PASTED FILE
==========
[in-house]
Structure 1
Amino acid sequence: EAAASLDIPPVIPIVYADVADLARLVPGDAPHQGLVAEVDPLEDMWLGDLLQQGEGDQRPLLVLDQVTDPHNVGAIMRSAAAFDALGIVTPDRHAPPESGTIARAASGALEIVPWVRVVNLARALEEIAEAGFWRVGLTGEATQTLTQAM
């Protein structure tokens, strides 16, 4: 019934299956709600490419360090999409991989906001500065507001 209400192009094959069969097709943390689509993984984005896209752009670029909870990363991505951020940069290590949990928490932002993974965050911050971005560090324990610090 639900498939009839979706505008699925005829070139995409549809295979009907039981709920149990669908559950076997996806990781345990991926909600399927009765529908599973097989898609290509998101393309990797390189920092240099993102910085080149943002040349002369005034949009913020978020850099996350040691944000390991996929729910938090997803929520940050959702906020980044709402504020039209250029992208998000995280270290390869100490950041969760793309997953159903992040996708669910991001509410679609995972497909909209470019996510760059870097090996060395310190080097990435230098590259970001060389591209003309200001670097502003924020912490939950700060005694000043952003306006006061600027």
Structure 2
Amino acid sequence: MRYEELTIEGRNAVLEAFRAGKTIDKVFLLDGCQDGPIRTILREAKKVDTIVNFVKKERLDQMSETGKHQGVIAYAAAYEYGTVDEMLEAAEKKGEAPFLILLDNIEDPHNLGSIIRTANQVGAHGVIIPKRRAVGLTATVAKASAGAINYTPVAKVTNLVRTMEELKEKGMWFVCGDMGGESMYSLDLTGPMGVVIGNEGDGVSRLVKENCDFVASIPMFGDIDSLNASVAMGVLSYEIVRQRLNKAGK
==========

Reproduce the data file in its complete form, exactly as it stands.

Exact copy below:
[in-house]
Structure 1
Amino acid sequence: EAAASLDIPPVIPIVYADVADLARLVPGDAPHQGLVAEVDPLEDMWLGDLLQQGEGDQRPLLVLDQVTDPHNVGAIMRSAAAFDALGIVTPDRHAPPESGTIARAASGALEIVPWVRVVNLARALEEIAEAGFWRVGLTGEATQTLTQAM
């Protein structure tokens, strides 16, 4: 019934299956709600490419360090999409991989906001500065507001 209400192009094959069969097709943390689509993984984005896209752009670029909870990363991505951020940069290590949990928490932002993974965050911050971005560090324990610090 639900498939009839979706505008699925005829070139995409549809295979009907039981709920149990669908559950076997996806990781345990991926909600399927009765529908599973097989898609290509998101393309990797390189920092240099993102910085080149943002040349002369005034949009913020978020850099996350040691944000390991996929729910938090997803929520940050959702906020980044709402504020039209250029992208998000995280270290390869100490950041969760793309997953159903992040996708669910991001509410679609995972497909909209470019996510760059870097090996060395310190080097990435230098590259970001060389591209003309200001670097502003924020912490939950700060005694000043952003306006006061600027």
Structure 2
Amino acid sequence: MRYEELTIEGRNAVLEAFRAGKTIDKVFLLDGCQDGPIRTILREAKKVDTIVNFVKKERLDQMSETGKHQGVIAYAAAYEYGTVDEMLEAAEKKGEAPFLILLDNIEDPHNLGSIIRTANQVGAHGVIIPKRRAVGLTATVAKASAGAINYTPVAKVTNLVRTMEELKEKGMWFVCGDMGGESMYSLDLTGPMGVVIGNEGDGVSRLVKENCDFVASIPMFGDIDSLNASVAMGVLSYEIVRQRLNKAGK